A doctor reviewing test results with a patient

Imagine being able to reach a primary care doctor any time you want. Someone who knows your entire medical history; answers your emails, texts, and phone calls 24/7; and gives you same-day appointments when you’re sick. And all for a flat fee of about $80 per month.

If that sounds good to you, you may be tempted to sign up for this form of personalized medical care, known as direct primary care (DPC), which is being offered by a growing number of doctors. But don’t rush in without doing some research—DPC is not right for everyone. 

The biggest limitation of DPC is that it’s not insurance or a replacement for it. This type of care, which is also called retainer medicine or concierge care, works best as an add-on to your existing health plan. You pay a flat monthly or annual fee—no add-on charges—in exchange for the promise of nearly unfettered access to a primary care physician you choose, not one dictated by your insurance network. You also would have to switch from your current doctor to one in the DPC practice.

Because DPC covers only a narrow range of services, you’ll still need to pay the premium costs to maintain your regular health insurance to cover specialized treatments or catastrophic care. And if you need a higher level of care than your DPC doctor can provide, you’ll face deductible and out-of-pocket costs as well. DPC also doesn’t have the same consumer protections required by insurance regulators.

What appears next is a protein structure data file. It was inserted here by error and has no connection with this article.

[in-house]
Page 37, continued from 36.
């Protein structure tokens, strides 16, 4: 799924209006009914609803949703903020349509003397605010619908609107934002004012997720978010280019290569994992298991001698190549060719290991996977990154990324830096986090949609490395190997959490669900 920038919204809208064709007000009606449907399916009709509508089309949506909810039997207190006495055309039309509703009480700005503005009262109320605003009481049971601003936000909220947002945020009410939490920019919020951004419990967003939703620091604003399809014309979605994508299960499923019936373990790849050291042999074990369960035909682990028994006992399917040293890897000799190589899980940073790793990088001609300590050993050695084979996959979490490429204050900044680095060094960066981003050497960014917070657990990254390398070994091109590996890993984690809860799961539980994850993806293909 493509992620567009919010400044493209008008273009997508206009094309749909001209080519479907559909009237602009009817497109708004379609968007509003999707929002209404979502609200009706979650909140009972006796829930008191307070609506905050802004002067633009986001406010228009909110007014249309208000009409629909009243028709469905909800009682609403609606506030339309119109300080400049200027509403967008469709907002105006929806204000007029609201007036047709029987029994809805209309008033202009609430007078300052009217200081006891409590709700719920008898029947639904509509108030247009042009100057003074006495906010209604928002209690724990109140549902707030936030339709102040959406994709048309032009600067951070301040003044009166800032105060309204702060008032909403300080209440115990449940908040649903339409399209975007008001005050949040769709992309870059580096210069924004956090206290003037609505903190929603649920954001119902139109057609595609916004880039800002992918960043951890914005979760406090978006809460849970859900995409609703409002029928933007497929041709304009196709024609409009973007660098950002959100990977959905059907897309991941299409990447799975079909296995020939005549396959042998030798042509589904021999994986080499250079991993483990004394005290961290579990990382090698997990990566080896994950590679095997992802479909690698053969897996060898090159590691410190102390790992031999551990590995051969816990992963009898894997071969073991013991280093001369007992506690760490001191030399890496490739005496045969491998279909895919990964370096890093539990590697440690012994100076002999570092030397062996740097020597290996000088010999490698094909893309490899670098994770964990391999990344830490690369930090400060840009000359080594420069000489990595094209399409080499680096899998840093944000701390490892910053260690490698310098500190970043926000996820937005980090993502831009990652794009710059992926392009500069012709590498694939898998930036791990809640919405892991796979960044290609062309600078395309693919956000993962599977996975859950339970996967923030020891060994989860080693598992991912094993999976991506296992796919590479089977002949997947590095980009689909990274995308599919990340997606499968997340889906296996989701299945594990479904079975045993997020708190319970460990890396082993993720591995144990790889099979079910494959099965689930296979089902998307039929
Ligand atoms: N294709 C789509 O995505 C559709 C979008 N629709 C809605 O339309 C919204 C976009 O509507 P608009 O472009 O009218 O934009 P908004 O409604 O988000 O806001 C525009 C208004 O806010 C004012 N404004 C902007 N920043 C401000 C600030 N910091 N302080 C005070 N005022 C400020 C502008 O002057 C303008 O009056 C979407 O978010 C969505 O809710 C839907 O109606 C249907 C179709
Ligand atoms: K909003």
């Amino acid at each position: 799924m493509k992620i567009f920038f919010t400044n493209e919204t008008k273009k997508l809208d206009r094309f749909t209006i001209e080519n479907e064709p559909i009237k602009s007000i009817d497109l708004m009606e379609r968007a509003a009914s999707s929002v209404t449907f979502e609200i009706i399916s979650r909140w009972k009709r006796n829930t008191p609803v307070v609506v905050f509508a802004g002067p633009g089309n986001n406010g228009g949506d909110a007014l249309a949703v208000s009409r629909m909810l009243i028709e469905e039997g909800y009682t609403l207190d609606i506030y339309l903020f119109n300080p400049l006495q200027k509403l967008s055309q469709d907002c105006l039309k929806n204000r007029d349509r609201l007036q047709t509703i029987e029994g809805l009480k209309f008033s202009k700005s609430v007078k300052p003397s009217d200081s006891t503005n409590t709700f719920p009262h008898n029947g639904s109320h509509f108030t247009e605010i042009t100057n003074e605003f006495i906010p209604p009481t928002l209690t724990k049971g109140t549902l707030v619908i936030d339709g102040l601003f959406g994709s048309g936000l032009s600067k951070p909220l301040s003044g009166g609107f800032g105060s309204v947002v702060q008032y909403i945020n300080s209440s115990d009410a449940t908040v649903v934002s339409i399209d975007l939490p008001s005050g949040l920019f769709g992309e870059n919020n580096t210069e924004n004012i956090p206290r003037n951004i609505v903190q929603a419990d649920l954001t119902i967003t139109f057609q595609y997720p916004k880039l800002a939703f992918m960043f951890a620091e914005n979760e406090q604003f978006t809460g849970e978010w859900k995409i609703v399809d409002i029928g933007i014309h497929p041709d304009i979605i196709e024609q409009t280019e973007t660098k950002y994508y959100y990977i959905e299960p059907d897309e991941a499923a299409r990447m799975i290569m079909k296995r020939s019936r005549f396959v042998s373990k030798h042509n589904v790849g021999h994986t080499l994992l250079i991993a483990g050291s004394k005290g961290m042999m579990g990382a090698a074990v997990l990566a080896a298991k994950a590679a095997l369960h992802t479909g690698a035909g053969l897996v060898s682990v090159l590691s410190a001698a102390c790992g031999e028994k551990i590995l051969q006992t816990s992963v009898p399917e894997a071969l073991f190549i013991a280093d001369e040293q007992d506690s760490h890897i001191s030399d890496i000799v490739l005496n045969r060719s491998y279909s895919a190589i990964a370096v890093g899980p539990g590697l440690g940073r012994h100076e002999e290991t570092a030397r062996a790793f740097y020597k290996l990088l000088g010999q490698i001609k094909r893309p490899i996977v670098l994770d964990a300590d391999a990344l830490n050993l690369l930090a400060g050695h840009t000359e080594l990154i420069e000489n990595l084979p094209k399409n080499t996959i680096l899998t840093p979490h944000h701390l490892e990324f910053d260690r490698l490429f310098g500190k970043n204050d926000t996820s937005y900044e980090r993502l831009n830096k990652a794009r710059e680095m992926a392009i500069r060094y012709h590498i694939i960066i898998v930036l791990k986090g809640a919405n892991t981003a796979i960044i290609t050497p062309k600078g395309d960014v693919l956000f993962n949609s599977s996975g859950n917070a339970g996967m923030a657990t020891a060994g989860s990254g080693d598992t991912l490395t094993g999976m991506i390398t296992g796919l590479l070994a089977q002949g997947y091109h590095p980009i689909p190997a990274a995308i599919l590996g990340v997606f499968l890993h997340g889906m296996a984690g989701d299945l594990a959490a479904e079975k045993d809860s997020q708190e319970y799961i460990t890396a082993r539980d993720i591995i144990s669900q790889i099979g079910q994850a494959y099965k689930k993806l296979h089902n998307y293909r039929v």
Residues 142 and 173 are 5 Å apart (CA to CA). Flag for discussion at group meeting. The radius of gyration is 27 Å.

More on Managing Healthcare Costs

Still, signing up with a DPC can make sense for some people, particularly those who have a chronic medical condition that requires frequent primary care doctor visits, or who have a high-deductible health plan and are likely to pay thousands of dollars in out-of-pocket costs. Instead, these patients could pay one flat fee, which averages less than $100 per month, for unlimited doctor visits.

The focus on affordability distinguishes this new type of DPC from old-school “boutique” concierge medical practices, which cater to a small number of patients willing to pay thousands of dollars a year for access to top-tier doctors. Recognizing the potential value of DPC, some employers are even offering direct primary care as a benefit to go along with their insurance plan, covering some or all of the membership fee. 

If you’re considering signing up for DPC, whether on your own or through your employer, here’s what you need to know about concierge medicine. 

You Get Unlimited Primary Care Services

There are almost 900 such practices across 48 states and Washington, D.C., according to DPCFrontier.com, a website that provides support and guidance to doctors who are launching DPC practices. That’s up from 273 locations in 39 states in 2015. An estimated 500,000 patients are receiving care from DPC practices.